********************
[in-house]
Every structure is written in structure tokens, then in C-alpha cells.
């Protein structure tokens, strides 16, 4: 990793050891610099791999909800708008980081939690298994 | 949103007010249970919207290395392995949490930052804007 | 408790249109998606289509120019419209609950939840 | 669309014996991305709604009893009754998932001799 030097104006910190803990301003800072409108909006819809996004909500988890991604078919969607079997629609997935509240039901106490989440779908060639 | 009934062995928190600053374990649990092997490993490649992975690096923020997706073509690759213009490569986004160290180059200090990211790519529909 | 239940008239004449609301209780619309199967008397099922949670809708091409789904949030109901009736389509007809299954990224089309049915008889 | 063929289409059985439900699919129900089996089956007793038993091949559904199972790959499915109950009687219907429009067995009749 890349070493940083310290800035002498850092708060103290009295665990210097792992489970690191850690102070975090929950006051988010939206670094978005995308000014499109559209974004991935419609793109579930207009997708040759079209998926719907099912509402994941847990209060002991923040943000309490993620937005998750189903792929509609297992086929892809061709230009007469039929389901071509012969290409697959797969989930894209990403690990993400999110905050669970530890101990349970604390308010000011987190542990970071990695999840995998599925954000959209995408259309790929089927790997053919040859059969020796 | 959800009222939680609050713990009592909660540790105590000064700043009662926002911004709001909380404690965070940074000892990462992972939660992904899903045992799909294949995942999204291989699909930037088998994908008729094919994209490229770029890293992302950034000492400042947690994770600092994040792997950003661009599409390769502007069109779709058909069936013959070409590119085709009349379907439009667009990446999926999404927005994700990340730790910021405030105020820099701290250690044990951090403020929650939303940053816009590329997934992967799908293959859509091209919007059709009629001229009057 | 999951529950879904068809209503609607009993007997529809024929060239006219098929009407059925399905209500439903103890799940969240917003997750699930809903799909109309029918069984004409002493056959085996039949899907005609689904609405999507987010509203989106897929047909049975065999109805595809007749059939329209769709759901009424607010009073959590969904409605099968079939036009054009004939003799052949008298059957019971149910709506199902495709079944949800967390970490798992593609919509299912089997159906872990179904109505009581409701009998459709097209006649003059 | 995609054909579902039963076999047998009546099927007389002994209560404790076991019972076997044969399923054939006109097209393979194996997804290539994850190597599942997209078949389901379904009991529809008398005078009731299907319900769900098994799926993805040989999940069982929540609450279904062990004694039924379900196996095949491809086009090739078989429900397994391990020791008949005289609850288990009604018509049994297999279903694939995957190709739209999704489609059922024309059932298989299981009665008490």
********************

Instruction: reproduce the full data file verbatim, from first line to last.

[in-house]
Every structure is written in structure tokens, then in C-alpha cells.
């Protein structure tokens, strides 16, 4: 990793050891610099791999909800708008980081939690298994 | 949103007010249970919207290395392995949490930052804007 | 408790249109998606289509120019419209609950939840 | 669309014996991305709604009893009754998932001799 030097104006910190803990301003800072409108909006819809996004909500988890991604078919969607079997629609997935509240039901106490989440779908060639 | 009934062995928190600053374990649990092997490993490649992975690096923020997706073509690759213009490569986004160290180059200090990211790519529909 | 239940008239004449609301209780619309199967008397099922949670809708091409789904949030109901009736389509007809299954990224089309049915008889 | 063929289409059985439900699919129900089996089956007793038993091949559904199972790959499915109950009687219907429009067995009749 890349070493940083310290800035002498850092708060103290009295665990210097792992489970690191850690102070975090929950006051988010939206670094978005995308000014499109559209974004991935419609793109579930207009997708040759079209998926719907099912509402994941847990209060002991923040943000309490993620937005998750189903792929509609297992086929892809061709230009007469039929389901071509012969290409697959797969989930894209990403690990993400999110905050669970530890101990349970604390308010000011987190542990970071990695999840995998599925954000959209995408259309790929089927790997053919040859059969020796 | 959800009222939680609050713990009592909660540790105590000064700043009662926002911004709001909380404690965070940074000892990462992972939660992904899903045992799909294949995942999204291989699909930037088998994908008729094919994209490229770029890293992302950034000492400042947690994770600092994040792997950003661009599409390769502007069109779709058909069936013959070409590119085709009349379907439009667009990446999926999404927005994700990340730790910021405030105020820099701290250690044990951090403020929650939303940053816009590329997934992967799908293959859509091209919007059709009629001229009057 | 999951529950879904068809209503609607009993007997529809024929060239006219098929009407059925399905209500439903103890799940969240917003997750699930809903799909109309029918069984004409002493056959085996039949899907005609689904609405999507987010509203989106897929047909049975065999109805595809007749059939329209769709759901009424607010009073959590969904409605099968079939036009054009004939003799052949008298059957019971149910709506199902495709079944949800967390970490798992593609919509299912089997159906872990179904109505009581409701009998459709097209006649003059 | 995609054909579902039963076999047998009546099927007389002994209560404790076991019972076997044969399923054939006109097209393979194996997804290539994850190597599942997209078949389901379904009991529809008398005078009731299907319900769900098994799926993805040989999940069982929540609450279904062990004694039924379900196996095949491809086009090739078989429900397994391990020791008949005289609850288990009604018509049994297999279903694939995957190709739209999704489609059922024309059932298989299981009665008490």